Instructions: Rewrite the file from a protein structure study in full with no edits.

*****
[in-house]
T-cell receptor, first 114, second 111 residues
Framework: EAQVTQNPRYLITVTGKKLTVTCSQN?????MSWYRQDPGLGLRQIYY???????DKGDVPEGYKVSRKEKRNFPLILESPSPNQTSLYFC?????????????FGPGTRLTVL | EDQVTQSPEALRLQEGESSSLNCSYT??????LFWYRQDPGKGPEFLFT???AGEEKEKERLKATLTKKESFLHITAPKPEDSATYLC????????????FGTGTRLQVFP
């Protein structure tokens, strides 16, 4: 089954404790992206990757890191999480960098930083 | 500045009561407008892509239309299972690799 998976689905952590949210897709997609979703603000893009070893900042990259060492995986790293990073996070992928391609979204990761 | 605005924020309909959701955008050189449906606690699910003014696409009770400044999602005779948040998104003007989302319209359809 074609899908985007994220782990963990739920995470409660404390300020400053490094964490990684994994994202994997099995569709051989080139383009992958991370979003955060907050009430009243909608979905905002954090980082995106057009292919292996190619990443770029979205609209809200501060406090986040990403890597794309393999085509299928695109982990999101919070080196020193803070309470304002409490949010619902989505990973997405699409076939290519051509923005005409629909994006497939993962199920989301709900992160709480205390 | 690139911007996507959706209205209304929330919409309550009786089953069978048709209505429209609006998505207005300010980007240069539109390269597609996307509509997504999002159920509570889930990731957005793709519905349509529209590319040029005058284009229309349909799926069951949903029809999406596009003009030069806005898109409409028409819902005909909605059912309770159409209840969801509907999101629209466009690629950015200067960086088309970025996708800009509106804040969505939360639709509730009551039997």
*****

[in-house]
T-cell receptor, first 114, second 111 residues
Framework: EAQVTQNPRYLITVTGKKLTVTCSQN?????MSWYRQDPGLGLRQIYY???????DKGDVPEGYKVSRKEKRNFPLILESPSPNQTSLYFC?????????????FGPGTRLTVL | EDQVTQSPEALRLQEGESSSLNCSYT??????LFWYRQDPGKGPEFLFT???AGEEKEKERLKATLTKKESFLHITAPKPEDSATYLC????????????FGTGTRLQVFP
């Protein structure tokens, strides 16, 4: 089954404790992206990757890191999480960098930083 | 500045009561407008892509239309299972690799 998976689905952590949210897709997609979703603000893009070893900042990259060492995986790293990073996070992928391609979204990761 | 605005924020309909959701955008050189449906606690699910003014696409009770400044999602005779948040998104003007989302319209359809 074609899908985007994220782990963990739920995470409660404390300020400053490094964490990684994994994202994997099995569709051989080139383009992958991370979003955060907050009430009243909608979905905002954090980082995106057009292919292996190619990443770029979205609209809200501060406090986040990403890597794309393999085509299928695109982990999101919070080196020193803070309470304002409490949010619902989505990973997405699409076939290519051509923005005409629909994006497939993962199920989301709900992160709480205390 | 690139911007996507959706209205209304929330919409309550009786089953069978048709209505429209609006998505207005300010980007240069539109390269597609996307509509997504999002159920509570889930990731957005793709519905349509529209590319040029005058284009229309349909799926069951949903029809999406596009003009030069806005898109409409028409819902005909909605059912309770159409209840969801509907999101629209466009690629950015200067960086088309970025996708800009509106804040969505939360639709509730009551039997």